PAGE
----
One of the senators that requested the new report from the Government Accountability Office — Finance Committee Chair Ron Wyden, D-Ore. — is tinkering with potential legislation on unemployment modernization.
The Government Accountability Office is offering a window into challenges with modernization efforts and recommendations for the federal government to set up common standards for unemployment insurance tech in a new report on how eight different states are modernizing their individual systems.
So how does modernization look across this federal-state program that operates over 50 different systems? Six of the eight states GAO examined are still in the process of modernizing to the tune of estimated costs between $35 million to $85 million over two to seven years. The different benefits, appeals and tax systems they are replacing are up to 50 years old.
Overall, 34 of the 53 states and territories in the U.S. are still using legacy IT to support their UI benefits, tax systems or both, as of June, GAO said, based on National Association of State Workforce Agencies information.
Among the states GAO looked into, two common challenges emerged: the use of contractors and problems with staffing.
All eight — Arkansas, Delaware, Maine, Nevada, Ohio, Pennsylvania, Tennessee and Texas — “rely extensively” on contractors for system development and implementation; maintenance and support; identity verification; and program services like auditing, the report says.
Seven of them have used or are planning to use separate contracting for project management. Tennessee, for example, used a contractor “to perform a needs assessment, develop a roadmap and strategy and provide procurement services for their modernization project,” the report states.
The overwhelming majority of states GAO talked to struggle with limited staffing for modernization. A majority also cited a lack of staff with the right expertise.
In the contracting space, states reported challenges including coordinating across contractors, system quality issues in terms of what contractors deliver and more.
There were also management challenges, financial constraints and technical problems for some states. Despite these, half of the states “reported successes” from migrating services and applications to the cloud, the report found.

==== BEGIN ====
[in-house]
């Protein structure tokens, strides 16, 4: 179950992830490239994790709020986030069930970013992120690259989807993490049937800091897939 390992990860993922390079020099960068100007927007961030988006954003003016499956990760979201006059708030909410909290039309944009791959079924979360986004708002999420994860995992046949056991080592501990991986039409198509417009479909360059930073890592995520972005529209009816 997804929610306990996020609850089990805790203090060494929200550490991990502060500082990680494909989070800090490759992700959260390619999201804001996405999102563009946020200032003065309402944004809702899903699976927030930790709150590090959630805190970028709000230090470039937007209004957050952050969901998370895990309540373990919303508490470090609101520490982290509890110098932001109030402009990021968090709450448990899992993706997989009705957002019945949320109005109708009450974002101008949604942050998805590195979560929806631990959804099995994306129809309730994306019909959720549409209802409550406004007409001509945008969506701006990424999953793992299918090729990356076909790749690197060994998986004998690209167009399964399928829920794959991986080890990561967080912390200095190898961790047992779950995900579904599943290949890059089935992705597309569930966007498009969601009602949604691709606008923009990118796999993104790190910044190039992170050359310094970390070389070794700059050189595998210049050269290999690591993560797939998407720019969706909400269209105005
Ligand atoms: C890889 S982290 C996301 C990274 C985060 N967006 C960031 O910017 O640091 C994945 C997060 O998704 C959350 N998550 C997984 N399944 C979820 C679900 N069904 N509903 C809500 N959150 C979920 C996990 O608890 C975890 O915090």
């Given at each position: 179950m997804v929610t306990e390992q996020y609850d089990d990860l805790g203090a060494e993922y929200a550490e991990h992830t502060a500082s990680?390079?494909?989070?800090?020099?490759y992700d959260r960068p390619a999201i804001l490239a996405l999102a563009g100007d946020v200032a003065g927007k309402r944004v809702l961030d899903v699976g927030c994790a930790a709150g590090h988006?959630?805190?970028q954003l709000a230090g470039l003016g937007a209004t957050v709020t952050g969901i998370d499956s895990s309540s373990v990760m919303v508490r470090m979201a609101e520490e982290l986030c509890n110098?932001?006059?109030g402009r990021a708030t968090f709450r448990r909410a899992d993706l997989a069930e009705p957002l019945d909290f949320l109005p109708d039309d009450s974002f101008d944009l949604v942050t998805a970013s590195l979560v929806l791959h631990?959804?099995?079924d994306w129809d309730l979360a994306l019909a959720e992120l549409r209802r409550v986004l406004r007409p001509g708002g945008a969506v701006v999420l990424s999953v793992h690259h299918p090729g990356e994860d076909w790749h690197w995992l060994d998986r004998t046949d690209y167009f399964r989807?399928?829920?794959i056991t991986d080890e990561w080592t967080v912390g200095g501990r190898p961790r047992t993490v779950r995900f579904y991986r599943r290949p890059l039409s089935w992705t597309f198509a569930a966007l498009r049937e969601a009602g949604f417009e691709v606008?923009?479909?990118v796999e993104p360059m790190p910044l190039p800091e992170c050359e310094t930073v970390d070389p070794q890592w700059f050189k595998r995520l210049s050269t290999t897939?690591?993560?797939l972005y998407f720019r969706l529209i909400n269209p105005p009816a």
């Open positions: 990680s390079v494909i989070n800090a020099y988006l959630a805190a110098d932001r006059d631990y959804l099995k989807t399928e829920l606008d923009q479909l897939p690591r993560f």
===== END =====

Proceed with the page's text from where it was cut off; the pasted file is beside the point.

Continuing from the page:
As for the federal Labor Department’s work, GAO said there are “gaps in managing its efforts to assist states… and its oversight of states.”
The department, GAO said, needs to establish unemployment tech standards and measure states’ performance.
Currently, states with grants are subject to federal reporting, and all states with major IT modernization projects have to go through a “pre-implementation checklist.” All states also have to submit state quality service plans every year, according to the report.
The department showed GAO a draft of an unemployment modernization strategic plan with some standards — and has released specific standards for customer experience already — but GAO said until the agency has standards and uses them to measure progress, “it will lack a critical mechanism to measure whether states’ UI IT systems are performing efficiently and effectively.”
Brent Parson, acting assistant secretary for the department’s Employment and Training Administration, wrote in comments included in the report that the department “agrees that additional measures related to IT performance and customer experience would provide states with clearer direction and enhance the department’s ability to support timely and accurate payment benefits among the states.
“The department plans to continue exploring the best measurements of IT performance” in state systems, he continued.
This isn’t the first time the department has been confronted with the reality of a system where states design and deliver jobless aid programs under federal parameters. A recurring question for the department has been the amount of power it has to discipline states if they fall out of line with federal guidance.
Recently, the department has also had to recalibrate after lawmakers took back $1 billion they had given the Labor Department to support modernization and fraud prevention as part of the American Rescue Plan Act.
Overall, the department only fully agreed with one recommendation to measure states tech performance against standards and partially agreed with the other two recommendations for it to set up modernization standards and update pilot processes to include “leading pilot design practices.”
The report came at the request of Sens. Bernie Sanders, I-Vt., who chairs the Committee on Health, Education, Labor and Pensions, and Ron Wyden, D-Ore., who chairs the Finance Committee.
Wyden has previously introduced a bill to prod the department to make shareable tech capabilities centrally available to states.
Ryan Carey, chief communications advisor for the committee, told Nextgov/FCW via email that “Senator Wyden is updating his legislation aimed at helping states modernize their unemployment insurance programs in ways that will help to both address fraud and get benefits out to eligible workers on time.
“GAO’s report shows that states are making some progress with UI modernization, but there’s a long way to go to make sure state UI programs are operating as effectively as possible,” they added.